(Sites A to D). Total relief on each of the plots was less than 1m and ranged between 0� m at Site A to 0� m at
Sites C and D. Site A was a smooth, bare, wind-rippled sand surface with a slope from south to north and a total
relief of 0� m (Figure 2a). Site B was within a wide blowout and sloped slightly to the north (Figure 2b). Site C
had the greatest local relief with many small (0�?0� m high) sand mounds around clumps of salt grass
(Figure 2c). Local relief at Site D (Figure 2d) was less pronounced, with broad undulations 0�m to 0�m high.
The surface sand at all sites is coarse (median particle size 0?1�phi; 1000?500 祄), moderately to poorly
sorted (Folk graphic standard deviation 0�?1� phi), and strongly fine-skewed (phi skewness 0�?0�).
Representative particle size distributions are shown in Figure 3.
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INFLUENCE OF VEGETATION ON SAND TRANSPORT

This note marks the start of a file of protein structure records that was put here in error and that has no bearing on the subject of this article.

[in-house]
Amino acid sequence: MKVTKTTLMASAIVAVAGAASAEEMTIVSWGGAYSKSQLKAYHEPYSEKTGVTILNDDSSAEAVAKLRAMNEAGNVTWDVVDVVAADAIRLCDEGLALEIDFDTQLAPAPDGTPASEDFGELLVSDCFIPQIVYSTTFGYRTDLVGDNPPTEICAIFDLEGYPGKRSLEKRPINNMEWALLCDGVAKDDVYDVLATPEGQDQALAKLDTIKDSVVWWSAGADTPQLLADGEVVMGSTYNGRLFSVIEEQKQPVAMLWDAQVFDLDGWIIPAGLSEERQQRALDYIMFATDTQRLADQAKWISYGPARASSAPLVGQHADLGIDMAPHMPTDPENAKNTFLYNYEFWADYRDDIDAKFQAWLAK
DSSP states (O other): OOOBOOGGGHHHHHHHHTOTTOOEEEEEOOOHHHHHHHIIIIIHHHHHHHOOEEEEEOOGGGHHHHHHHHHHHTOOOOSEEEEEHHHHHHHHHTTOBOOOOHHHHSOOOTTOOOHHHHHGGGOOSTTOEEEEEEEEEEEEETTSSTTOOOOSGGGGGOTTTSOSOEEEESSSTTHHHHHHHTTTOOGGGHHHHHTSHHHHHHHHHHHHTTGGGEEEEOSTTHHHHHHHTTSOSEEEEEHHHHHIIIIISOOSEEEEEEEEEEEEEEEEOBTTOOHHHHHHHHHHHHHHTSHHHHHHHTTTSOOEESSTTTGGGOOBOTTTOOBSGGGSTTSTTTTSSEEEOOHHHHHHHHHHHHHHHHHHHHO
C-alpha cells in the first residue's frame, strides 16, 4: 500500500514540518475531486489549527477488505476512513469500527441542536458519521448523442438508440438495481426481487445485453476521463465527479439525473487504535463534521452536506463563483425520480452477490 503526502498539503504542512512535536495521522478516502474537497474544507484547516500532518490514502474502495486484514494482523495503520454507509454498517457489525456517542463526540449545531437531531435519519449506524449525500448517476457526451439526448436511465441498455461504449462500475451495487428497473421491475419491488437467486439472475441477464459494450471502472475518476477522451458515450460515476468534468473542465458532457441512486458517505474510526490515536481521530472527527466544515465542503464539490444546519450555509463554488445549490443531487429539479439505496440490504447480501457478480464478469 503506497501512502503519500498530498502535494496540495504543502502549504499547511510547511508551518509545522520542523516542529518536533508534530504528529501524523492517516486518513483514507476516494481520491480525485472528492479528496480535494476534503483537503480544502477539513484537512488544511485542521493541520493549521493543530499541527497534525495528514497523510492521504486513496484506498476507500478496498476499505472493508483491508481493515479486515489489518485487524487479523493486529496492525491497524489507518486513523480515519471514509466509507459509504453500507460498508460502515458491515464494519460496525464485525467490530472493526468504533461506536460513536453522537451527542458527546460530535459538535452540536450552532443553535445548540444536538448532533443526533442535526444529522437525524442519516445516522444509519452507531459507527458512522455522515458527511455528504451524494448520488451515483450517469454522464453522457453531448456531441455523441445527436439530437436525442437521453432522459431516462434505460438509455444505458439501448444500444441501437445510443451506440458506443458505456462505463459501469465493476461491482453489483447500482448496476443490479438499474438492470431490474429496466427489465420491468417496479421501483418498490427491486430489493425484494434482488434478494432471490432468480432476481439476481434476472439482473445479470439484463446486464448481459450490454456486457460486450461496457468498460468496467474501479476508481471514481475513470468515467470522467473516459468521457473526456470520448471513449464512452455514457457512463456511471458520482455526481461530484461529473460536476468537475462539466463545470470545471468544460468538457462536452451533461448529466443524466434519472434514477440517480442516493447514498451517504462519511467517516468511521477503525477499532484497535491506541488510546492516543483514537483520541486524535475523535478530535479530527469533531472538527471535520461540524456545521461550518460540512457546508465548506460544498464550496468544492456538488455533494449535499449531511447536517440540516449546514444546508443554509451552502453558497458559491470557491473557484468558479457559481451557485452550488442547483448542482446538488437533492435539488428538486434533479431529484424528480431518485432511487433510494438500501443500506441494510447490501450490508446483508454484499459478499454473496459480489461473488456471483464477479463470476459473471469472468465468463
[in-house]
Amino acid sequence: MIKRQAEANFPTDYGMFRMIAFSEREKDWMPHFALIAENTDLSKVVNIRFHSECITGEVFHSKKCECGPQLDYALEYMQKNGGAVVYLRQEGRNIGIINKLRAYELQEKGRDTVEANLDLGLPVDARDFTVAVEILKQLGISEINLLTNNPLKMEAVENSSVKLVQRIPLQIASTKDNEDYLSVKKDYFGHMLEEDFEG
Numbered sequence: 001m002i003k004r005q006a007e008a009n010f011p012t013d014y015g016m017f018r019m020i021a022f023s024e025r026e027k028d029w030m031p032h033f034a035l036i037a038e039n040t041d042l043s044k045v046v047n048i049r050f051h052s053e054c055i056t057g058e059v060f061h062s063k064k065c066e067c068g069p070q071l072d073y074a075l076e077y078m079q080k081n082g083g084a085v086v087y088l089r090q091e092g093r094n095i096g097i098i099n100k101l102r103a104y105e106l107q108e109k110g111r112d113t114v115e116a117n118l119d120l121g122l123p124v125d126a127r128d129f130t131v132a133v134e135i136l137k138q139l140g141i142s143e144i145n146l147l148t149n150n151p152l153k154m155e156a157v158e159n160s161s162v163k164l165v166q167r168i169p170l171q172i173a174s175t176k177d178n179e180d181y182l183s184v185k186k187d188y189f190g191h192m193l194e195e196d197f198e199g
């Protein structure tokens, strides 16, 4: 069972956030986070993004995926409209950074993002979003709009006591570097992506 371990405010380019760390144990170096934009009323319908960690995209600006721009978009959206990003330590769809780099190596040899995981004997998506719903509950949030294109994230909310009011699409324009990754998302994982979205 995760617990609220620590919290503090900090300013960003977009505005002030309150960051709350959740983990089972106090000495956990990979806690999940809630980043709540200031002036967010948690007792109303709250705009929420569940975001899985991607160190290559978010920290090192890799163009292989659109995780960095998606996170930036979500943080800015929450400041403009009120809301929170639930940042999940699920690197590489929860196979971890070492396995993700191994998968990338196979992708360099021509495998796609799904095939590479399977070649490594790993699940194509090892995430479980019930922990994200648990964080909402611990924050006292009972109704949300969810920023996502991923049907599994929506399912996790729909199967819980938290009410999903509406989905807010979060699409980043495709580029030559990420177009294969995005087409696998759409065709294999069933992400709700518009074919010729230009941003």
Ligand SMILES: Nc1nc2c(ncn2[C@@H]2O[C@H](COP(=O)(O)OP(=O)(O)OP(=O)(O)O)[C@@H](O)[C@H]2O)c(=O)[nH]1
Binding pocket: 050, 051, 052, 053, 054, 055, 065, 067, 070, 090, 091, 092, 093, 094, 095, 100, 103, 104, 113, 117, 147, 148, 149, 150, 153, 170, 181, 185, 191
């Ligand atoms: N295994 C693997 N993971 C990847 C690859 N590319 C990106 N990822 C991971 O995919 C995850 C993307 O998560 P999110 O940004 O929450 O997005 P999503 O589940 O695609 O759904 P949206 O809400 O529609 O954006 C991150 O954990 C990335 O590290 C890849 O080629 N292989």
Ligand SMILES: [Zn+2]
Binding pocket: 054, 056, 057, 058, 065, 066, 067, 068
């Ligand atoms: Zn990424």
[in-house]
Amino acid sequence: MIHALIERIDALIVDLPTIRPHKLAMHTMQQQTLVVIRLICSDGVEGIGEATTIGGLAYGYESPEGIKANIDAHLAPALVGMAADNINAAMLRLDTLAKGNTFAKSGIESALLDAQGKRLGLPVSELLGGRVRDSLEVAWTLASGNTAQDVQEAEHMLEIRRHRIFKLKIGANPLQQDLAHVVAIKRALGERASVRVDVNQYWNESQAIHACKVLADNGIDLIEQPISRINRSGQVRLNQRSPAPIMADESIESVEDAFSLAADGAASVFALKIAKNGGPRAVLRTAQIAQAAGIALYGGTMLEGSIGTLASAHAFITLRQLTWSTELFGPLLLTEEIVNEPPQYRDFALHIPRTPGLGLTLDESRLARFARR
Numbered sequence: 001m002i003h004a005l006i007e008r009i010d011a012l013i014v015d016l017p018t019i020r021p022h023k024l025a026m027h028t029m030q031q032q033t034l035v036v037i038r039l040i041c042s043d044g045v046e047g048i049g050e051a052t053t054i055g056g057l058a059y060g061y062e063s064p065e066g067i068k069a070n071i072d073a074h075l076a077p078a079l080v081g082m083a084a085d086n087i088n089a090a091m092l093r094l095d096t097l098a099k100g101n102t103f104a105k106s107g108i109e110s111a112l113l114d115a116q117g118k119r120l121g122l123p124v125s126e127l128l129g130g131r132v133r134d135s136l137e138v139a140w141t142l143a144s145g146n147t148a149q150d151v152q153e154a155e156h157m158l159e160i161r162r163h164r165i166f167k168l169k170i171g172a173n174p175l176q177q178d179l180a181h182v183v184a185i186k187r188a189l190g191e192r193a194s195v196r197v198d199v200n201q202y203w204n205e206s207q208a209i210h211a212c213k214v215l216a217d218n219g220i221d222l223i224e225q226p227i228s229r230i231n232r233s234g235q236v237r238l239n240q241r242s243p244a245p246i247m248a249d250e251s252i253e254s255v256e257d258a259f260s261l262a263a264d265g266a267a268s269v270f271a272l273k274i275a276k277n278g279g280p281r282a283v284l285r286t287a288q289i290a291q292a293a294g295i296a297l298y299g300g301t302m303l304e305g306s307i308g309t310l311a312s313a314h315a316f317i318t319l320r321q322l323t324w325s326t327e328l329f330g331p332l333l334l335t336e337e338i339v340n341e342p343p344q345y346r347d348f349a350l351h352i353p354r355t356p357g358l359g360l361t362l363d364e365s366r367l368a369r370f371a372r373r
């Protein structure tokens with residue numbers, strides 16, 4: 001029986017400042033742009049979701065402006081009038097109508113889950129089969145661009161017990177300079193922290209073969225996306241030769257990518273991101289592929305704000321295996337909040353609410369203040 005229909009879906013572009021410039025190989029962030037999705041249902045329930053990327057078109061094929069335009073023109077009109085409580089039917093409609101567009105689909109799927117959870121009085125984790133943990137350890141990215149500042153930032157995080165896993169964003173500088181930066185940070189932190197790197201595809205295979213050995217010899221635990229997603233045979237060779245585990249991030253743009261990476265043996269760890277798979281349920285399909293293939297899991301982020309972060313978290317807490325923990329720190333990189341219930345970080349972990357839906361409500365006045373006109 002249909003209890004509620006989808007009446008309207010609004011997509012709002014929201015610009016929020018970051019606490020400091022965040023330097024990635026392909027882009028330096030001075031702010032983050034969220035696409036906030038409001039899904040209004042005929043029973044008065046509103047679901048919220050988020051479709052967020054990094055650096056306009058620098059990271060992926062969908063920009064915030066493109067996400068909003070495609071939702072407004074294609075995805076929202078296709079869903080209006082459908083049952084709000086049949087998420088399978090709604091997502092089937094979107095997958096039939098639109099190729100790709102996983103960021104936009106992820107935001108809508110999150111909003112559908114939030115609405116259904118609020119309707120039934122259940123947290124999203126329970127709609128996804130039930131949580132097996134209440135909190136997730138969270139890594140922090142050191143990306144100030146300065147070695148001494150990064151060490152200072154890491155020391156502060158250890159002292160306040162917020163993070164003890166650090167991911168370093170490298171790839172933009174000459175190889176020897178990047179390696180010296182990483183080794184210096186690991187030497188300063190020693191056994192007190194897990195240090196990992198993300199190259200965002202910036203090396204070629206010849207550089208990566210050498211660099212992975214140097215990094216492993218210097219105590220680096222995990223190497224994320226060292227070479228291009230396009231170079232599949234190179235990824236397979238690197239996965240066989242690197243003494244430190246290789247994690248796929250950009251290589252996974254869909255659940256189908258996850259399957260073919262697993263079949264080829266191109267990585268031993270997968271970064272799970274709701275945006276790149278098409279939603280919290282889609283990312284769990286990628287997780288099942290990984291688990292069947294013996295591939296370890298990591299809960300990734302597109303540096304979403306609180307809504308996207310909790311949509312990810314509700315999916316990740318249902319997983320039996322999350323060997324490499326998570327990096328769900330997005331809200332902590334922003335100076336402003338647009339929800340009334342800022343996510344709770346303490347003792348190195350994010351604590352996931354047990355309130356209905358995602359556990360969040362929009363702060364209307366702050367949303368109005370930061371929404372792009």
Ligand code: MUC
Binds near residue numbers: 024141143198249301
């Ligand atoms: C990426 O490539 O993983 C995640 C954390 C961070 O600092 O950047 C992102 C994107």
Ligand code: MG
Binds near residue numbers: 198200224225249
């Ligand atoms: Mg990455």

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EARTH SURFACE PROCESSES AND LANDFORMS, VOL. 23, 69?82 (1998)
Figure 2. The study sites (all views looking north or northwest): (a) Site A, (b) Site B, (c) Site C, (d) Site D
72
N. LANCASTER AND A. BAAS
Figure 3. Particle size distributions for surface sand at study sites
Each plot was instrumented from early November 1995 to May 1996 with eight bidirectional sand collectors
at a height of 0� as used elsewhere at Owens Lake by the Great Basin Unified Air Pollution Control District
(Ono et al., 1994); a mast with four Met One cup anemometers, spaced logarithmically at heights of 0� 1� 2�and 4�m; a piezo-electric sensor to detect the onset of sand transport (a Sensit; Stockton and Gillette, 1990) at a
height of 0�m, and a BSNE sand trap (Fryrear, 1986) at 0�m height. The anemometer mast at Site A was also